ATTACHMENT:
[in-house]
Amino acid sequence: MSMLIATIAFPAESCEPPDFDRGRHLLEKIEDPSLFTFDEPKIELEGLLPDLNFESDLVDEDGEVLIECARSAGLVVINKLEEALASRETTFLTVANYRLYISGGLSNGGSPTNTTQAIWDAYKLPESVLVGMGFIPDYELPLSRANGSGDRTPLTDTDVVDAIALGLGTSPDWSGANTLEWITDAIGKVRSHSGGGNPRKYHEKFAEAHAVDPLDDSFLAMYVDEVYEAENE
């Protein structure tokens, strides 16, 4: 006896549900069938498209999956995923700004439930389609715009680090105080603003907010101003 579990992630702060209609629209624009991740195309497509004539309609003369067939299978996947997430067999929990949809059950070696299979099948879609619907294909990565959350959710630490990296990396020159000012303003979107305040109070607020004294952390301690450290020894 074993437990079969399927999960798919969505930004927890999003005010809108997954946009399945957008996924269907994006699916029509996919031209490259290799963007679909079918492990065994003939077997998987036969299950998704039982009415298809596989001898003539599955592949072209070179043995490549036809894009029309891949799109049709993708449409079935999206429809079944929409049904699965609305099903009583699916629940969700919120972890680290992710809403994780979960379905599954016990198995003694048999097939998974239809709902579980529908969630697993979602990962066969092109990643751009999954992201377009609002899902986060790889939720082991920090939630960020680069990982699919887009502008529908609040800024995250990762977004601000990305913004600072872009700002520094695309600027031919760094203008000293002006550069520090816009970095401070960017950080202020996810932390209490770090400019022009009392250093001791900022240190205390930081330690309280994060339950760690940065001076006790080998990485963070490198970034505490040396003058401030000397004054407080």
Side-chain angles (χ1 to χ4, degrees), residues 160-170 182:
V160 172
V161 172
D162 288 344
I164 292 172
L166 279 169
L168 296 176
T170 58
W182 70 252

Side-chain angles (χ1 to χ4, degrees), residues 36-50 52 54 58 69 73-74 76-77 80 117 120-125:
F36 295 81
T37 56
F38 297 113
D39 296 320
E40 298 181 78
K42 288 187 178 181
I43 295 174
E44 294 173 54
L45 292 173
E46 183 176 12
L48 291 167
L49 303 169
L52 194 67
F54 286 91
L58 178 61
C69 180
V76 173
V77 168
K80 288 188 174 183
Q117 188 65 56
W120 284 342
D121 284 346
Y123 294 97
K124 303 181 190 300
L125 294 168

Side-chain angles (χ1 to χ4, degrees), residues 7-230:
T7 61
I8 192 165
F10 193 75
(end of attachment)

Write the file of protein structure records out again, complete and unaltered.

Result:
[in-house]
Amino acid sequence: MSMLIATIAFPAESCEPPDFDRGRHLLEKIEDPSLFTFDEPKIELEGLLPDLNFESDLVDEDGEVLIECARSAGLVVINKLEEALASRETTFLTVANYRLYISGGLSNGGSPTNTTQAIWDAYKLPESVLVGMGFIPDYELPLSRANGSGDRTPLTDTDVVDAIALGLGTSPDWSGANTLEWITDAIGKVRSHSGGGNPRKYHEKFAEAHAVDPLDDSFLAMYVDEVYEAENE
């Protein structure tokens, strides 16, 4: 006896549900069938498209999956995923700004439930389609715009680090105080603003907010101003 579990992630702060209609629209624009991740195309497509004539309609003369067939299978996947997430067999929990949809059950070696299979099948879609619907294909990565959350959710630490990296990396020159000012303003979107305040109070607020004294952390301690450290020894 074993437990079969399927999960798919969505930004927890999003005010809108997954946009399945957008996924269907994006699916029509996919031209490259290799963007679909079918492990065994003939077997998987036969299950998704039982009415298809596989001898003539599955592949072209070179043995490549036809894009029309891949799109049709993708449409079935999206429809079944929409049904699965609305099903009583699916629940969700919120972890680290992710809403994780979960379905599954016990198995003694048999097939998974239809709902579980529908969630697993979602990962066969092109990643751009999954992201377009609002899902986060790889939720082991920090939630960020680069990982699919887009502008529908609040800024995250990762977004601000990305913004600072872009700002520094695309600027031919760094203008000293002006550069520090816009970095401070960017950080202020996810932390209490770090400019022009009392250093001791900022240190205390930081330690309280994060339950760690940065001076006790080998990485963070490198970034505490040396003058401030000397004054407080």
Side-chain angles (χ1 to χ4, degrees), residues 160-170 182:
V160 172
V161 172
D162 288 344
I164 292 172
L166 279 169
L168 296 176
T170 58
W182 70 252

Side-chain angles (χ1 to χ4, degrees), residues 36-50 52 54 58 69 73-74 76-77 80 117 120-125:
F36 295 81
T37 56
F38 297 113
D39 296 320
E40 298 181 78
K42 288 187 178 181
I43 295 174
E44 294 173 54
L45 292 173
E46 183 176 12
L48 291 167
L49 303 169
L52 194 67
F54 286 91
L58 178 61
C69 180
V76 173
V77 168
K80 288 188 174 183
Q117 188 65 56
W120 284 342
D121 284 346
Y123 294 97
K124 303 181 190 300
L125 294 168

Side-chain angles (χ1 to χ4, degrees), residues 7-230:
T7 61
I8 192 165
F10 193 75